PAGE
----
...a temporary sitemap file listing these URLs with the last modification date (eg, when you changed them to 404 or added a noindex), so that we know to recrawl & reprocess them....This is something you’d just want to do for a limited time (maybe a few months), and then remove...

Worth noting that Google suggests disregarding the cache date, as it's not always about what you think it is. Take a look at my post in this thread, which ultimately also references the same seroundtable thread that you do....

Recent copy of cache error 404
May, 2018
https://www.webmasterworld.com/google/4902307.htm [webmasterworld.com]

8:43 am on July 3, 2019 (gmt 0)

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This is different, this time the cache date tells me that there are months and even years of gap between the first wave indexing (crawling) and the second wave of indexing (rendering).' [searchenginejournal.com...]

Let's say I've an old and thin article page https://example.com/article/00001 I've deleted on ~June 2017. This url has been returning 410 error since then. Recently I created a temporary sitemap, and included a list of deleted articles.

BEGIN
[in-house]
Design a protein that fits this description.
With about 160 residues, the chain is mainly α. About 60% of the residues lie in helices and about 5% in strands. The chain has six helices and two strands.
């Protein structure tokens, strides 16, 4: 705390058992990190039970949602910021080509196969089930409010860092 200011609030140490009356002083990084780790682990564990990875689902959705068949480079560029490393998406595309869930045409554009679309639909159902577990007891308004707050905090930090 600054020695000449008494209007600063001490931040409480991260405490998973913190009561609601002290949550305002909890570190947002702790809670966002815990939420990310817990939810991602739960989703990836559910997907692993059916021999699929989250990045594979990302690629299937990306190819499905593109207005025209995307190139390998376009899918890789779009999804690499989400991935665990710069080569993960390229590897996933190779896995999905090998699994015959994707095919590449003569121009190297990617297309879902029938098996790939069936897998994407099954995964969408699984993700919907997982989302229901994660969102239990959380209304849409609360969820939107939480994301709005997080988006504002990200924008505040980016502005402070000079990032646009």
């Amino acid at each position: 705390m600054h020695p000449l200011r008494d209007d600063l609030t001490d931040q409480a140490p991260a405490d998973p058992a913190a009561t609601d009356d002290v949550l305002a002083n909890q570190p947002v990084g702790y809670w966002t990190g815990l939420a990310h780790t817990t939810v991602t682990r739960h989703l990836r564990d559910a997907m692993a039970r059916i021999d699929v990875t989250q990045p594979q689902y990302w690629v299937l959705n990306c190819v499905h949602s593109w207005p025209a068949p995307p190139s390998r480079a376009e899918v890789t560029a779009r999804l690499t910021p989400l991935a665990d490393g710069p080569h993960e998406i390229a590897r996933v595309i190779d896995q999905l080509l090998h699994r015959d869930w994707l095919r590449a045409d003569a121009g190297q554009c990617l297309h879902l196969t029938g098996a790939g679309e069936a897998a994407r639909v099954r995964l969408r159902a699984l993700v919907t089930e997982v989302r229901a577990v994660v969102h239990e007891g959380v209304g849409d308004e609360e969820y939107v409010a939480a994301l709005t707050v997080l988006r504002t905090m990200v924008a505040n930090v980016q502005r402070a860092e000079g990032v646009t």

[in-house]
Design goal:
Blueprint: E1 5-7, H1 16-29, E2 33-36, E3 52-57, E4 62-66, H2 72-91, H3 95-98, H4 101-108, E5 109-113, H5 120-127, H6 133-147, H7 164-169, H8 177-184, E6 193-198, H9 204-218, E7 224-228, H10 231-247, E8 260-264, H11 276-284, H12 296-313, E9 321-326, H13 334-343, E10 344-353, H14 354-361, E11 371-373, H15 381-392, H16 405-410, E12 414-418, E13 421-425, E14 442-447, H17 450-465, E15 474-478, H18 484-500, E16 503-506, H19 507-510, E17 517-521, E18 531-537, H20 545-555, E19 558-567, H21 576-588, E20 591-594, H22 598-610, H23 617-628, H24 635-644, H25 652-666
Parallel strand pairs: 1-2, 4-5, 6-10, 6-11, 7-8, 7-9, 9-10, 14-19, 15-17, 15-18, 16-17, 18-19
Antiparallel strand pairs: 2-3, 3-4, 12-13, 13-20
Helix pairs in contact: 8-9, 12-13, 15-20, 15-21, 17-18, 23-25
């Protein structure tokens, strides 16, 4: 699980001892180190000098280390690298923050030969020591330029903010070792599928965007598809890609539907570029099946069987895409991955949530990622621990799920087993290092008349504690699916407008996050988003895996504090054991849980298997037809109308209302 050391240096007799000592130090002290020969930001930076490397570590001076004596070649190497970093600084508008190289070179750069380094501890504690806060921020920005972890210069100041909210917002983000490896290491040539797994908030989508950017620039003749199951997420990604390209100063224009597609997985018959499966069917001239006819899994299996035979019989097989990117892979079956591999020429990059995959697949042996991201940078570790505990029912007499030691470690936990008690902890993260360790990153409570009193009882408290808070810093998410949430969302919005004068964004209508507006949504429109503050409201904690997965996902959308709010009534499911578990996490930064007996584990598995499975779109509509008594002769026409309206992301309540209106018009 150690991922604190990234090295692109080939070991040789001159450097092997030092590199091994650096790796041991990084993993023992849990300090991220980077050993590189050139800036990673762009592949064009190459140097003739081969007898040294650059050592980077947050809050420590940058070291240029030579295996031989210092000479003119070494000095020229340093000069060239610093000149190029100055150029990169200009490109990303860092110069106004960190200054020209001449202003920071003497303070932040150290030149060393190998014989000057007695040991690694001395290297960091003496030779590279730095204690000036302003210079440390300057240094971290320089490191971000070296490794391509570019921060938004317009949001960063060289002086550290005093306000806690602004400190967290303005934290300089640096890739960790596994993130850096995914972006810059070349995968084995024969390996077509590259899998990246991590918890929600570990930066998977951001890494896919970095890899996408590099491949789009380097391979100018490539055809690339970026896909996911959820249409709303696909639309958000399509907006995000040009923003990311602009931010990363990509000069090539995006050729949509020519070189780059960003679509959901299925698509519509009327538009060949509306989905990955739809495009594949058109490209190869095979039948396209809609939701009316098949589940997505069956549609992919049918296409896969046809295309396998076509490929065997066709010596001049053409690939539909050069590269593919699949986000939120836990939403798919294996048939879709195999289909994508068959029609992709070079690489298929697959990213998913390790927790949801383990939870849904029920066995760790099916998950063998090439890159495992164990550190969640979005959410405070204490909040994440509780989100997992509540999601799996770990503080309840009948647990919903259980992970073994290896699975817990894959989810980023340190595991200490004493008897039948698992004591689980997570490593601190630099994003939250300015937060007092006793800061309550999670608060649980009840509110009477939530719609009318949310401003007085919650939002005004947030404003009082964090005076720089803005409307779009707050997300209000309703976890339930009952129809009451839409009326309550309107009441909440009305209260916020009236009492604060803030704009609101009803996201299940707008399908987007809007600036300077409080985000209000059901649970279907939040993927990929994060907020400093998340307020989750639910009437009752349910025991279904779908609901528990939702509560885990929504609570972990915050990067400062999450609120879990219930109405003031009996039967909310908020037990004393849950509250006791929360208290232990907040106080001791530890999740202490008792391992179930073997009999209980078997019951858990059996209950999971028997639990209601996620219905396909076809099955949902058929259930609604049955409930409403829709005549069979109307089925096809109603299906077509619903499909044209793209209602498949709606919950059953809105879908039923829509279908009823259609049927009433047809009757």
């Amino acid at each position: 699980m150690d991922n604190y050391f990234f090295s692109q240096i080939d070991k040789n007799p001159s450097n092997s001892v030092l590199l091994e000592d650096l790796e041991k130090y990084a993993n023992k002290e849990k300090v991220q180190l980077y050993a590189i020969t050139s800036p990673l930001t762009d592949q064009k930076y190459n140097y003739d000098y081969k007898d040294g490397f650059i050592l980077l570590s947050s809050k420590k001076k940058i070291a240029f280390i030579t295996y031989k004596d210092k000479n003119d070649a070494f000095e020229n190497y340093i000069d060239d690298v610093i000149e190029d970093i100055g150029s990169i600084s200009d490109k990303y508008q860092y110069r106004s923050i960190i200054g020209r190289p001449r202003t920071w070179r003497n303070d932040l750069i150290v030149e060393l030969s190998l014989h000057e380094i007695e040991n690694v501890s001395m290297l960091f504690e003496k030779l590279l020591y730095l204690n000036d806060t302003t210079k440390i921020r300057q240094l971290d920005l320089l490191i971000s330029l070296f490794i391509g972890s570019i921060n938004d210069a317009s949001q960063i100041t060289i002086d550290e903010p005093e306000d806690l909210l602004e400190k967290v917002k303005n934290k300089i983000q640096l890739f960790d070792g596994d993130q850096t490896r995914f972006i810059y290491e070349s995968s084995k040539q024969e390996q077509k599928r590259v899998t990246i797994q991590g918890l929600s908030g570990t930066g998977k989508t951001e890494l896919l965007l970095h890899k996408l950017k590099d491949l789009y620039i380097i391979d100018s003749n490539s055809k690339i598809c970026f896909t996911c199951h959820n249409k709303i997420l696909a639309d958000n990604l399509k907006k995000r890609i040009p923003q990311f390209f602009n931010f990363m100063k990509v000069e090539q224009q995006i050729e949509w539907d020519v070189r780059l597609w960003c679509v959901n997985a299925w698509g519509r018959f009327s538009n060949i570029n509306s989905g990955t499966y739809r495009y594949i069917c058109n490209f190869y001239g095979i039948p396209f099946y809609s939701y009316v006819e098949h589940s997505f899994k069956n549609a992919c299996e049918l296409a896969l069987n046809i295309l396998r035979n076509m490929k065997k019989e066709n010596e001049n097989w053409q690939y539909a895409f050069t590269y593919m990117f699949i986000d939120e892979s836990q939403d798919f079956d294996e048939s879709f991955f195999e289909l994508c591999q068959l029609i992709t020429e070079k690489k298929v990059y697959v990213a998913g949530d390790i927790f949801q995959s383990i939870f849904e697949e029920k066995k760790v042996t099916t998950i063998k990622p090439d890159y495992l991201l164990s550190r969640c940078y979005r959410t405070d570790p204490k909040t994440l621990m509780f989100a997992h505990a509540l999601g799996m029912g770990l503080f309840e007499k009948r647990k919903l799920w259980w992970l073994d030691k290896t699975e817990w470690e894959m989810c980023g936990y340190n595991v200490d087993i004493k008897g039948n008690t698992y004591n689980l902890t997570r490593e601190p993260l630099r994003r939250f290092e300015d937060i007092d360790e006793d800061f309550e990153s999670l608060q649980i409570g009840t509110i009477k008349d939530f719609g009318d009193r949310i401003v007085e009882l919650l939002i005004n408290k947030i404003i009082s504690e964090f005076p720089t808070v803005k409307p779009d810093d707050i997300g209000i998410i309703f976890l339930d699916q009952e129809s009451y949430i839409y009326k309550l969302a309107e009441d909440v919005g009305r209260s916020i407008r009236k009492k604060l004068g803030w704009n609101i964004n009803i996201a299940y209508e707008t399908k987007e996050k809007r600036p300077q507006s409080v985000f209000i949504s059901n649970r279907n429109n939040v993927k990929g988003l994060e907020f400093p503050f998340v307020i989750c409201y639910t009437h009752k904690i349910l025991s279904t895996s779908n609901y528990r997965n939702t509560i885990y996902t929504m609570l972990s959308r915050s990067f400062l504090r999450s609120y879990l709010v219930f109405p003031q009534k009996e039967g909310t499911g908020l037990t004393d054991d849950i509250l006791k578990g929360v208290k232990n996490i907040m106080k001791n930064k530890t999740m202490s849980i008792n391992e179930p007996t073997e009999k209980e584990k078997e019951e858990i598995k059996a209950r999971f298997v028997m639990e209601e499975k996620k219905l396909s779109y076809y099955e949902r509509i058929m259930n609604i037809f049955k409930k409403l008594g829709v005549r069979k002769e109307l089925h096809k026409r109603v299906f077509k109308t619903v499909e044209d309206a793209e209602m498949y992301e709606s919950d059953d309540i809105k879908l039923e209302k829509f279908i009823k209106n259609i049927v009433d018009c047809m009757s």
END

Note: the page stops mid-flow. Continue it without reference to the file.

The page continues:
Once Google processed the sitemap, it told me that https://example.com/article/00001 is:

1- Valid: Submitted and indexed (GSC URL Inspection)
2- Last crawled Apr 12, 2019; Page fetch: Successful (GSC URL Inspection)
3- In GSC Inspection section > Crawled page > HTTP Response is:

HTTP/1.1 200 OK
Content-Type: text/html; charset=UTF-8
Server: Apache
Cache-Control: max-age=90
Last-Modified: Wed, 19 Apr 2017 00:14:37 GMT
Content-Language: en-US
Content-Encoding: gzip
Content-Length: 4058
Date: Wed, 19 Apr 2017 00:14:37 GMT
Connection: keep-alive
Vary: Accept-Encoding
X-Google-Crawl-Date: Thu, 11 Apr 2019 23:49:15 GMT


4- In Inspection section > Crawled page > HTTP Response is 2 years old source code, recently 'second wave rendered.'
5- According to server logs, this URL was last crawled by Googlebot on June 25, 2019, the response status was 410.
6- Page is still in Google index, it shows up when I search with the site:url or even with the title.
7- Google's cache has Apr 11, 2019 23:49:15 GMT snapshot date.
8- Live test results in: 'URL is not available to Google,' Page fetch: 'Failed: Not found (404)'

Instead of removing the URL, for some reason, Google is ignoring the result of its 'first wave indexing' - which was/is a 410, and instead does a 'second wave of indexing' using years-old code. As a result, Google thinks the URL still exists, updates last crawl dates and its cache, and keeps it in its index. This is not a simple date error, crawled code in GSC has hints that it's been recently rendered.

PS. I thought if creating the temporary sitemap triggered a bug and returned it back to Google's index, but Performance report shows that it has been receiving impressions for the last 2 years.